New Chinese-Russian trade deal bodes well for seafood

Published on
November 13, 2015

Chinese authorities are hailing a major breakthrough which could effectively double the number of seafood companies certified to export to neighboring Russia. The Certification and Accreditation Administration of China (CNCA) says it’s secured a green light for 172 Chinese seafood processing companies to export seafood to Russia by the end of the year. Russia continues a ban on imports of seafood from most western nations but is a major customer for Chinese frozen filets.

The new deal also promises access for a further 102 firms once Moscow secures the approval of partners in a free trade zone it operates with several former Soviet states. One of two Chinese government bodies – the other is the General Administration of Quality Supervision, Inspection and Quarantine (AQSIQ), which monitors and licenses the country’s exports and imports – the CNCA has stated that “the biggest breakthrough for years” has been achieved following months of talks with the Russian government’s Federal Service for Veterinary and Phytosanitary Surveillance (also known as Rosselkhoznadzor). According to the deal, the Russian side will publish the list of 172 firms within 30 days and will add an additional 106 firms “as soon as possible,” according to the CNCA.

In its statement on the deal, Rosselkhoznadzor stated “172 Chinese fish-processing plants have been just approved to export to Russia on the basis of guarantees provided by the Chinese side pursuant to the mutual commitments stipulated by the Protocol of the 4th Meeting of the Permanent Russia-China Working Group on Cooperation in Veterinary Surveillance, Phytosanitary Control and Food Safety.” A decision on including 102 more plants in a List of Approved Exporters “will be made after a corresponding agreement is achieved with the competent authorities of the Eurasian Economic Union,” according to Rosselkhoznadzor. The EEU is a free trade zone established by Russia with former USSR states like Kazakhstan.

According to Rosselkhoznadzor more than 450 Chinese businesses are approved to export fishery products to Russia, while more than 700 Russian food operators are approved to export seafood to China. The CNCA statement hails the deal as a boost for Chinese seafood exports which are currently suffering from weak western demand. “Before it was really difficult for our seafood companies to get certification for the Russian market, this really impacted our international seafood trade.” While Russia ranks as China’s sixth largest market, China has become Russia’s second largest source of seafood imports, much of it fish filets, some of it cod and pink salmon re-exported to Russia after processing in China.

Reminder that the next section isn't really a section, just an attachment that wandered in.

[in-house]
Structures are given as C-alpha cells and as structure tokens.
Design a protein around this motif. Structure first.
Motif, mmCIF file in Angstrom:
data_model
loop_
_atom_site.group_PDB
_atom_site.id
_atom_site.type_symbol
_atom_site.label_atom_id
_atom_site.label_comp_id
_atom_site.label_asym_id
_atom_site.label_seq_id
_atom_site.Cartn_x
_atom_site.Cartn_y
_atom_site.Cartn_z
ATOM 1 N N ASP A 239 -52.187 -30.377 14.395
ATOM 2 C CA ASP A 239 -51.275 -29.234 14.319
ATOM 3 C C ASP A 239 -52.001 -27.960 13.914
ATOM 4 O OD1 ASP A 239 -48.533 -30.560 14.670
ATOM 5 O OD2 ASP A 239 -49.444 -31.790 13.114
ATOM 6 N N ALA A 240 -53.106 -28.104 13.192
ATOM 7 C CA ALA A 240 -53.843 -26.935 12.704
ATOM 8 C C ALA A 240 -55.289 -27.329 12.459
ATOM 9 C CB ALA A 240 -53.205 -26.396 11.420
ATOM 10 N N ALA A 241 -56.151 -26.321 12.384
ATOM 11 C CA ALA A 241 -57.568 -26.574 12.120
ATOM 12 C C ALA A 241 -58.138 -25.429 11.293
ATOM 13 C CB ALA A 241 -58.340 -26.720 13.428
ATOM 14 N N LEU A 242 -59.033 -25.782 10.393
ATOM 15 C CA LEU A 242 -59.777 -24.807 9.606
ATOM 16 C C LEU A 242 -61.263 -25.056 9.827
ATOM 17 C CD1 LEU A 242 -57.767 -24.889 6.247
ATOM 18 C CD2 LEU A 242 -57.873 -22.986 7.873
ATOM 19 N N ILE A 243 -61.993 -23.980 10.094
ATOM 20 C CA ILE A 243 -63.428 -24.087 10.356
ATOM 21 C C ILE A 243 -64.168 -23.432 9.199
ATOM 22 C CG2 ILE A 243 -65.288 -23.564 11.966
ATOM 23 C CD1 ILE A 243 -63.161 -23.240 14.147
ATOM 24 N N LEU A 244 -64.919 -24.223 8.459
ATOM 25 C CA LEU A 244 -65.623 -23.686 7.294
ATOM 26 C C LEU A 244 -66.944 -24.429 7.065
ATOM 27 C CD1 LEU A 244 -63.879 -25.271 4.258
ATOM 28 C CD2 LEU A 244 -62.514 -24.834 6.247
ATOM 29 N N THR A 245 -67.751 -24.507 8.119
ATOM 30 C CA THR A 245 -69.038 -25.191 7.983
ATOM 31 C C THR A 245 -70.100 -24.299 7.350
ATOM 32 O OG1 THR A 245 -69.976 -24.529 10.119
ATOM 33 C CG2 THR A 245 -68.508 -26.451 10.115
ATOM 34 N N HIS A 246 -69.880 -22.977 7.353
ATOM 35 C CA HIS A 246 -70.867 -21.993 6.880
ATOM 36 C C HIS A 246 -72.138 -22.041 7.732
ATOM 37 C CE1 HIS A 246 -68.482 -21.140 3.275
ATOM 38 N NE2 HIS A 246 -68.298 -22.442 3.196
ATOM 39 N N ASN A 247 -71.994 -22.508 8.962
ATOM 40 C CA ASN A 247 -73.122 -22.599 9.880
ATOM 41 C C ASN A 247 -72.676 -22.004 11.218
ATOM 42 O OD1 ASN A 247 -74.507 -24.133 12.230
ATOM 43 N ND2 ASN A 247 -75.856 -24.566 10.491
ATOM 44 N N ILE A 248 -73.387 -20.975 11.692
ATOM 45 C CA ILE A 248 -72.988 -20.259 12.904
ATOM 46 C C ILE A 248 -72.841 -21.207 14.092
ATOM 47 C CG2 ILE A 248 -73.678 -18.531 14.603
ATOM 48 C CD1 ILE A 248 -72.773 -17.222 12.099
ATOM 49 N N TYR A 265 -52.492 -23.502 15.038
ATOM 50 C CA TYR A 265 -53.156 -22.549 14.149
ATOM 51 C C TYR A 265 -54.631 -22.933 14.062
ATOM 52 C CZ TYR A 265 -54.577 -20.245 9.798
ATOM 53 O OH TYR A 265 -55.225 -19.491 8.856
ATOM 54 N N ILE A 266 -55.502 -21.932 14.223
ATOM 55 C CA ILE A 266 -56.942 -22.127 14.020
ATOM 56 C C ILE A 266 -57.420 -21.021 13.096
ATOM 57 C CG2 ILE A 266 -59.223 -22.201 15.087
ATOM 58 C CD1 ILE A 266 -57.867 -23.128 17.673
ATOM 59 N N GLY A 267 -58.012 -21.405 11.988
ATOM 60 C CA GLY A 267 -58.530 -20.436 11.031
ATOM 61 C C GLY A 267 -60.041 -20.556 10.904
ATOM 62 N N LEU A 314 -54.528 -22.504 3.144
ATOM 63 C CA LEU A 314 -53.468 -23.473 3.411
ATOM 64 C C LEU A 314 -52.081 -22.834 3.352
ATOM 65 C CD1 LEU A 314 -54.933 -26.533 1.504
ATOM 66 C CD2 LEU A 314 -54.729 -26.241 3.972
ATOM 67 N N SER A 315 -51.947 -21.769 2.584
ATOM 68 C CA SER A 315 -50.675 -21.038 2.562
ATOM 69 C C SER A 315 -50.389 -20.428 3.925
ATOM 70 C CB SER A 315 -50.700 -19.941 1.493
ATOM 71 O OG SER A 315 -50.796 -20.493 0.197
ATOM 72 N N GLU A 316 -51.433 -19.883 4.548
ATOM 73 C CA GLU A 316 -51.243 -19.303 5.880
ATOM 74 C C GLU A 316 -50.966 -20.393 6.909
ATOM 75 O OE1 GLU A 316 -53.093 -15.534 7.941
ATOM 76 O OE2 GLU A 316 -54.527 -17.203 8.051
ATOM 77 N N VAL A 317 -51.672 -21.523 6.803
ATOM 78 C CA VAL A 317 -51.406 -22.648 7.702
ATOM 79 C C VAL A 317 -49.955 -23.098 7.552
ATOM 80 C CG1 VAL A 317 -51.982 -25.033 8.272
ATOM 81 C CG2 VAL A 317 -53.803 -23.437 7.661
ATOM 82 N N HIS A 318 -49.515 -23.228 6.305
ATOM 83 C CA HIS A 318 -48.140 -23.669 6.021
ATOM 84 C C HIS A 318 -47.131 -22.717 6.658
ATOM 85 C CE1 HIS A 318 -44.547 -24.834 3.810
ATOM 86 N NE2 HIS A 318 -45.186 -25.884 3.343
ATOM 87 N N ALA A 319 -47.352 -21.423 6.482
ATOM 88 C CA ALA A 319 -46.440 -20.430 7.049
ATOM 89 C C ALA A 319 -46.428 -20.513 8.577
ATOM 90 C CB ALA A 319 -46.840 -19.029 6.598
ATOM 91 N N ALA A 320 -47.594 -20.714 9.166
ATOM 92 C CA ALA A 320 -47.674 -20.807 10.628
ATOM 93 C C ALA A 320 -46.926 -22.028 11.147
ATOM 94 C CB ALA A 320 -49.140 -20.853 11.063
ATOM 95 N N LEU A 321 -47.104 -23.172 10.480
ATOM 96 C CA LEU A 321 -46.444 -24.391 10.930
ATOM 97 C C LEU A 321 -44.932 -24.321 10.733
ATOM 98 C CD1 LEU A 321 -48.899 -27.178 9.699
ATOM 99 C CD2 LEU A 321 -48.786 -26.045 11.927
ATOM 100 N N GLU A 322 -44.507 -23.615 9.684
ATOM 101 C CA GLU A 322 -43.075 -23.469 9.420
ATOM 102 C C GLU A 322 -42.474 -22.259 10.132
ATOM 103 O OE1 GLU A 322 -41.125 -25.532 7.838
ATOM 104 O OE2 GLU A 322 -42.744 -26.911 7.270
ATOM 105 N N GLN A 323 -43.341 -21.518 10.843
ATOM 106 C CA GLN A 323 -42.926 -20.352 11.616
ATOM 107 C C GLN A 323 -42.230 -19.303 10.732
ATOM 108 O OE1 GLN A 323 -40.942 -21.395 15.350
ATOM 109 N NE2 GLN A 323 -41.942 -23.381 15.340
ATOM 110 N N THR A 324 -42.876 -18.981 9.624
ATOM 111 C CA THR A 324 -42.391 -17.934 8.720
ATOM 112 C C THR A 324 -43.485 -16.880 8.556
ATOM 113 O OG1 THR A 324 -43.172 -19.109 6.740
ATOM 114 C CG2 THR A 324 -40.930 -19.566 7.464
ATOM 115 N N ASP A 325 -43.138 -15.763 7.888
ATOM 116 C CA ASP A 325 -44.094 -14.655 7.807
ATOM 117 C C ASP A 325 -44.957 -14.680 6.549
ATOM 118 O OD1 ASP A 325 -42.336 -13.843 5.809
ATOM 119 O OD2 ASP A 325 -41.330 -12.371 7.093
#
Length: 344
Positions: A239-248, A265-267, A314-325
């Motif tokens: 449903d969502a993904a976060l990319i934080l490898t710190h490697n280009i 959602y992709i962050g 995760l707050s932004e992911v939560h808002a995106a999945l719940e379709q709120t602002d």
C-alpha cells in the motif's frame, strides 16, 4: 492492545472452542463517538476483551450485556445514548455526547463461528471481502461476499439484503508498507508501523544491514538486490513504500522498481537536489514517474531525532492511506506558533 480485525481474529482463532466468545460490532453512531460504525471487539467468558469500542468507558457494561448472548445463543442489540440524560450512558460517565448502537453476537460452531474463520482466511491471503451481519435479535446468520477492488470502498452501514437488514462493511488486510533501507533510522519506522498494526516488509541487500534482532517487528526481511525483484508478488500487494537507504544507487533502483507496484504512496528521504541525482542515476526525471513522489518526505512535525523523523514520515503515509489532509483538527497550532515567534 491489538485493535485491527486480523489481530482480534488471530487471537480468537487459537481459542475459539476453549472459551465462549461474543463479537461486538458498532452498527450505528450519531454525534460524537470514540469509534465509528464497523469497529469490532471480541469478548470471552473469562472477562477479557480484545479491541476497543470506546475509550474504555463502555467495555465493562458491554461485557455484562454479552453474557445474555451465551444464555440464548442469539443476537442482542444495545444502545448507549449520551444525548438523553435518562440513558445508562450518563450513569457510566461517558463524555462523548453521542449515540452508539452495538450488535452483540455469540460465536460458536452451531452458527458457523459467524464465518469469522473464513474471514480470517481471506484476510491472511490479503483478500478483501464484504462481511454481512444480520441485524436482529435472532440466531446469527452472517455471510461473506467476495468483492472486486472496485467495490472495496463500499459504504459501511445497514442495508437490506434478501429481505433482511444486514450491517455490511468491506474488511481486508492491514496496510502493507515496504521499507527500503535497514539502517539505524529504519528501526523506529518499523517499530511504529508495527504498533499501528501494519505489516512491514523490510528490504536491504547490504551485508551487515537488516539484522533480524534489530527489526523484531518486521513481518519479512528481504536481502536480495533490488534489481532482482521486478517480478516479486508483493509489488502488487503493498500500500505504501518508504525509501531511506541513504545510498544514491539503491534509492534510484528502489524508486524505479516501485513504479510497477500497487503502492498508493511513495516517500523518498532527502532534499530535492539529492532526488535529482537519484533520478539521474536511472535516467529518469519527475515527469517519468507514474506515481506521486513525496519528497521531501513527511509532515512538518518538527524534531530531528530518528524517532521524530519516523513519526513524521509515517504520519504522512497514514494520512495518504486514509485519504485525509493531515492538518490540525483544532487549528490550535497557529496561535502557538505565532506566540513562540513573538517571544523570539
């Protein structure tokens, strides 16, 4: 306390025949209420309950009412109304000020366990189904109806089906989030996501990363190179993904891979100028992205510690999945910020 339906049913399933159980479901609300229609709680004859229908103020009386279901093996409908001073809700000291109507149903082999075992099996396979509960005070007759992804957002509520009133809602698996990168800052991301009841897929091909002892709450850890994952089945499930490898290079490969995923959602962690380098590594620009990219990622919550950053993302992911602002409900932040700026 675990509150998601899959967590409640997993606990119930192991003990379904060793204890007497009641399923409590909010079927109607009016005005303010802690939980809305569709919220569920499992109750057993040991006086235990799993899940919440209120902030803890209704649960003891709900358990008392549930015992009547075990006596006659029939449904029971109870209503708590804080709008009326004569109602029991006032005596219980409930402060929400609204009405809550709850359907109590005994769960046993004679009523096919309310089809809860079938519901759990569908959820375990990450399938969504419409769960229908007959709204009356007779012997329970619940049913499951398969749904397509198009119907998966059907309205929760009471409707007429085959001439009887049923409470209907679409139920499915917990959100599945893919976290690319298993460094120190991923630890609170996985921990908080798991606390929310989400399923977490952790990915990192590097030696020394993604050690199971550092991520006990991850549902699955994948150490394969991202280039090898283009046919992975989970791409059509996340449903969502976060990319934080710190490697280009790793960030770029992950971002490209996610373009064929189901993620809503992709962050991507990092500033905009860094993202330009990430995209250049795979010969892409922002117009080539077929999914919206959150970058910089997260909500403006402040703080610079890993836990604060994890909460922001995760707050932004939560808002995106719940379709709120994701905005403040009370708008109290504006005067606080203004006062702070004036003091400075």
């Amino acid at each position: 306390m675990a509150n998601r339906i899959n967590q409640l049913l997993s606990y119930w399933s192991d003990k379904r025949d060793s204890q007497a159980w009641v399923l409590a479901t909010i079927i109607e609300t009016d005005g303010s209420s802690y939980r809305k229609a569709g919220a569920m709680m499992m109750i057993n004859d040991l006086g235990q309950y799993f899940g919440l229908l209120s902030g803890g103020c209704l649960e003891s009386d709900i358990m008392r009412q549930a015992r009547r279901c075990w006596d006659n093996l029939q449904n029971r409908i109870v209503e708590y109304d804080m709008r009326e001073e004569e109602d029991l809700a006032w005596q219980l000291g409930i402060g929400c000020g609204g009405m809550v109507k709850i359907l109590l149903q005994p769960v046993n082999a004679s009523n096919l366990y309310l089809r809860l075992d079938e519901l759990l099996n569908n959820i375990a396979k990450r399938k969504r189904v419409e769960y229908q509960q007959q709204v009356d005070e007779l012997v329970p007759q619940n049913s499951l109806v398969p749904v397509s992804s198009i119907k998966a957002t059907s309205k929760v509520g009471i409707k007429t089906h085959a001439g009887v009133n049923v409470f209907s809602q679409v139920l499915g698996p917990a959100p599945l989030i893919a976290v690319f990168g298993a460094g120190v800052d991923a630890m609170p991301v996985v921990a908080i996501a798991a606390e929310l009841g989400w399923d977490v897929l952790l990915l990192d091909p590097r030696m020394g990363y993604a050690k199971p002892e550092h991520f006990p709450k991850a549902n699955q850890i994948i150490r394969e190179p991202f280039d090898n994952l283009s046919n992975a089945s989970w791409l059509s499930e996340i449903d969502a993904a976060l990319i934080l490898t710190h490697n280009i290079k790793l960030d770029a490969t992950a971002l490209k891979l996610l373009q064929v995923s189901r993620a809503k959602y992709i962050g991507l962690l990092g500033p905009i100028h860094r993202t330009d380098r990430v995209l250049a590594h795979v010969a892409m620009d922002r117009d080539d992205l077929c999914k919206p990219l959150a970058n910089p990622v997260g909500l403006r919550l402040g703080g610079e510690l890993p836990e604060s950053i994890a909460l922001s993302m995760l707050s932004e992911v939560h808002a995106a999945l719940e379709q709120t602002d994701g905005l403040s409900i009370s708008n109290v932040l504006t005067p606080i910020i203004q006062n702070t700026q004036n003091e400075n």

Upbeat political relations have led to openings for Chinese business in Russia, which in turn supplies natural resources to China. Access to Russia may offer a bigger prize for China’s processors and traders, who have long eyed the potential of a free-trade with Russia in opening access to the aforementioned Eurasian Economic Union, a Moscow initiative which includes Russia, Armenia, Belarus and Kazakhstan, a market of 171 million people.

There are formidable challenges to entering Russia however. Logistics is a big challenge for Chinese processing companies such as Chinese Longkou Sanming and Fulejia International which ship to Russian retail chains such as Magnit from its plants in northern China: more than 75 percent of the Russian population live in urban areas but 70 percent of the population is also living west of the Urals – far away from the vast Siberian region bordering China. Current economic challenges and gradual population decline meanwhile have both worried exporters about the sustainability of Russian demand.

China has also been able to use its closer relationship with Moscow to get better access to Russia’s far eastern waters, a key source of fish for China’s processing plants. Two new vessels were launched by Dalian Xiang Hailin Long Distance Fishing Co. as part of a four-vessel fleet to ply the Russian seas under a cooperation deal signed during a meeting between Chinese and Russian fishery officials in 2014 in Beijing.

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